Mordaunt and his men guard the fortress throughout the night; all men are awakened well before dawn, to expect attack. The Hurons have painstakingly prepared to set the fort on fire, a project Susquesus detects. All agree to wait until the fire has actually been started before action is taken against the enemy; when Guert sees that the incendiary is Muss himself, he shoots at him, an act precipitating the Huron’s war whoop and much shouting among the enemy. Anneke summons Corny and tells him her father agrees to her marrying Corny rather than Bulstrode. Thus heartened, Corny joins the others in defending the fortress against attack by the Hurons: first, he goes outside to examine the fire and returns to warn Mordaunt to apply water from the lookout point above it; next, he goes out with Susquesus to rescue the party led by Guert intended to drive off the Hurons gathered below the fort. His efforts are supported by a charge led by Mordaunt, and most of them safely reenter the gate; Guert and Jaap are missing, and Jumper and two settlers — Gilbert Davis and Moses Mudge — are dead and scalped.  Suspecting that Jaap and Guert are captives of the Hurons, Mordaunt sends Susquesus as a: messenger, to offer to ransom the two captives. In the subsequent parleying, Muss declares that Jaap must be killed and scalped for his beating of Muss; Guert will be killed and scalped unless two “chiefs” and two “common men” or four common men or two common men and all of Ravensnest are exchanged for him, terms unacceptable to Mordaunt. Jaap, determined not to die, manages to steal an Indian’s knife and cut both his bonds and Guert’s while Corny is being permitted to give Guert a message: that Mary Wallace loves him. Jaap and Guert seize rifles from their guards and attack the Indians fiercely; the Indians flee before the combined forces from Ravensnest, but a last stray shot mortally wounds Guert. Mary tends Guert lovingly through his last hours, and joins the Rev. Mr. Worden in the prayers Guert asks in his behalf; Guert dies in Mary’s arms.  The young Dutchman’s body is taken by Corny and Dirck to Albany for burial. After the funeral, Corny and Dirck go by boat toward New York; Dirck rejoins his family, and Corny, after a brief visit with his aunt and uncle Legge, goes home to Satanstoe. After his full recounting of the Ticonderoga campaign and of the Ravensnest events, Corny is questioned by his mother about the Mordaunts; after teasing her a bit, he announces to her joy that he has won Anneke.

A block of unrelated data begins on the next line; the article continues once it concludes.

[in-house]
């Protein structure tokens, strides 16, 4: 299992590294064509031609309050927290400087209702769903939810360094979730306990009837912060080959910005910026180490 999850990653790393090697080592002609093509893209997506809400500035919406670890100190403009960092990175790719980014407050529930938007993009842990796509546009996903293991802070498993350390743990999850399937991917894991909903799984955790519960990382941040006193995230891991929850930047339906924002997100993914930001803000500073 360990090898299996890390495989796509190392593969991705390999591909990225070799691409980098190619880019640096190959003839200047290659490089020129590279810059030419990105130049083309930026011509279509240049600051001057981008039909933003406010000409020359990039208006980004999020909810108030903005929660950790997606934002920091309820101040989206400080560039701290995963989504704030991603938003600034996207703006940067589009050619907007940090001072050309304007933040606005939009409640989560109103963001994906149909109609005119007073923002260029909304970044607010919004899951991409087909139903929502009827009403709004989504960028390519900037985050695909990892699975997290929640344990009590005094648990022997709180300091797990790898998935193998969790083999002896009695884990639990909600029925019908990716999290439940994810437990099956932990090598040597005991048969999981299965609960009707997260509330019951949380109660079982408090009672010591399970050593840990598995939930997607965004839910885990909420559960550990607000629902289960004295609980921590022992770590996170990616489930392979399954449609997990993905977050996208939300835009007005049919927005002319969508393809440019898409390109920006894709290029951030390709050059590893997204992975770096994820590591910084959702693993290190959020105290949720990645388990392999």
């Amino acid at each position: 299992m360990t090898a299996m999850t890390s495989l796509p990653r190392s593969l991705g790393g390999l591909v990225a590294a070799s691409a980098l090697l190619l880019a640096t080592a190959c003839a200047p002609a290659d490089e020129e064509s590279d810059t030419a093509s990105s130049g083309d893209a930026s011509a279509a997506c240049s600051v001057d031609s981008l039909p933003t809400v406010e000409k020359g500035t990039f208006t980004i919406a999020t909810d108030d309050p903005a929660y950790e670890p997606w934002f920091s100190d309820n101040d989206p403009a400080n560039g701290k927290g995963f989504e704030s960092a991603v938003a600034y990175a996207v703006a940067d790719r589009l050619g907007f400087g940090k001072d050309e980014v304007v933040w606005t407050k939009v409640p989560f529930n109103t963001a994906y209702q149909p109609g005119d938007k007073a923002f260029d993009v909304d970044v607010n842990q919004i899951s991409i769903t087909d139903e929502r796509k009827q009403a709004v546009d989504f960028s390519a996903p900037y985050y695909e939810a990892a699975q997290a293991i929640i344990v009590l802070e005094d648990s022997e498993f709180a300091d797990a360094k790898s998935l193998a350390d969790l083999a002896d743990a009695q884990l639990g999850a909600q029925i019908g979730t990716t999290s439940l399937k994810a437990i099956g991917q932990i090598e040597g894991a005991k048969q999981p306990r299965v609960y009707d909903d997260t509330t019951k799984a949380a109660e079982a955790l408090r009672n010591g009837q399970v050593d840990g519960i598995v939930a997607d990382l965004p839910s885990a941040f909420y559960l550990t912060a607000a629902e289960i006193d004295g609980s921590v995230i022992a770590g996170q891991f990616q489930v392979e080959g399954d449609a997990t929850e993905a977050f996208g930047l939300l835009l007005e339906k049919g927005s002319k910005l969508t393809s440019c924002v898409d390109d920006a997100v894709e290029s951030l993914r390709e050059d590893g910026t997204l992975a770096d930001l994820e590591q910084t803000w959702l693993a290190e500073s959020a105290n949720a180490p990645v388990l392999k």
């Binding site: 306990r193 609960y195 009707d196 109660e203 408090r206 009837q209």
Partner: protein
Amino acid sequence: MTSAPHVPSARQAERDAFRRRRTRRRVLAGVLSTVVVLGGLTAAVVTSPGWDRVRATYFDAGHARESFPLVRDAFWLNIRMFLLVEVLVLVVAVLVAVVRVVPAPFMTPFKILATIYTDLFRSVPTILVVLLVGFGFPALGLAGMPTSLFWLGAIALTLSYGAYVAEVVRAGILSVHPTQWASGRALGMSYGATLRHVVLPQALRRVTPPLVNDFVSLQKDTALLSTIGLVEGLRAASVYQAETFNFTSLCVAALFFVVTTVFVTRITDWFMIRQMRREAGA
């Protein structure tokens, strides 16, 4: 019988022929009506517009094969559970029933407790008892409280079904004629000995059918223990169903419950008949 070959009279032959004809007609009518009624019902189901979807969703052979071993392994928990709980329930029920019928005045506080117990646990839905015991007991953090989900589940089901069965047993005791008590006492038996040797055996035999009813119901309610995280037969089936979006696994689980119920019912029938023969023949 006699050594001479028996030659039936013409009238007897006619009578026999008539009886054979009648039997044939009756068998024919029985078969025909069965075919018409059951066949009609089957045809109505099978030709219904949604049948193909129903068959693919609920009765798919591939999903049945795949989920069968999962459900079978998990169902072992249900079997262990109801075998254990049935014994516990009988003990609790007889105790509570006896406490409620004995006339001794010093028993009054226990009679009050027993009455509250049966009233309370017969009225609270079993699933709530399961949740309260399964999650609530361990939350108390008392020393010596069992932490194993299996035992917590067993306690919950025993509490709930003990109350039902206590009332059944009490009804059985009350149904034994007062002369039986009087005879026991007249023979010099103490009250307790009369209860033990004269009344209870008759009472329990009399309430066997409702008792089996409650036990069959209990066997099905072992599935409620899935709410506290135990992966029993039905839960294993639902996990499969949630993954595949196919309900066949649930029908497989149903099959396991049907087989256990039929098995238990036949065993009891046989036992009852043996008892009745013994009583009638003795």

The Mordaunts return to Lilacsbush in September; Corny, invited to come for late breakfast, goes the preceding evening with the romantic notion of watching Anneke from a distance. He encounters Bulstrode, who acknowledges himself bested in the courting of Anneke and attributes his own loss to his having offended Anneke by playing Scrub in the bawdy entertainment presented by his brigade at the theater party in New York. Corny overhears Mary telling Anneke that she will remain forever the widow of Guert, whose proposal she should have accepted. Corny and Anneke are married early in October; Bulstrode remains a bachelor all his life but maintains correspondence with the Littlepages, a matter left to Anneke’s and Corny’s son Mordaunt to include in the ongoing family narrative.
General [James] Abercrombie, Captain Billings, Mrs. Bogart, Major Henry Bulstrode, Caesar, Cato, Mayor Cuyler, David, Gilbert Davis, Doortje, Mother Doortje, Hugh Caine, Ensign Tom Harris, Major Joe Hight, Lord Viscount Howe, Katrinke, Captain Charles Lee, Legge, Jane Legge, Mrs. Light, Madam Littlepage, Cornelius Littlepage, Major Evans Littlepage, Captain Hugh Roger Littlepage, Mari, Anna Cornelia Mordaunt, Herman Mordaunt, Moses Mudge, Musquerusque [Muss], Jason Newcome, Major Nicholas Oothout, Petrus, Pompey, Quissquiss, Major Rogers, Sam, Jacob Satanstoe, Madam Schuyler, Philip Schuyler, Silvy, Susquesus, Guert Ten Eyck, Tom, Traverse, Mrs. Van der Heyden, Jeremiah Van Rensselaer, Colonel Abraham Van Valkenburgh, Dirck Van Valkenburgh, Mary Wallace, Rev. Mr. Thomas Worden.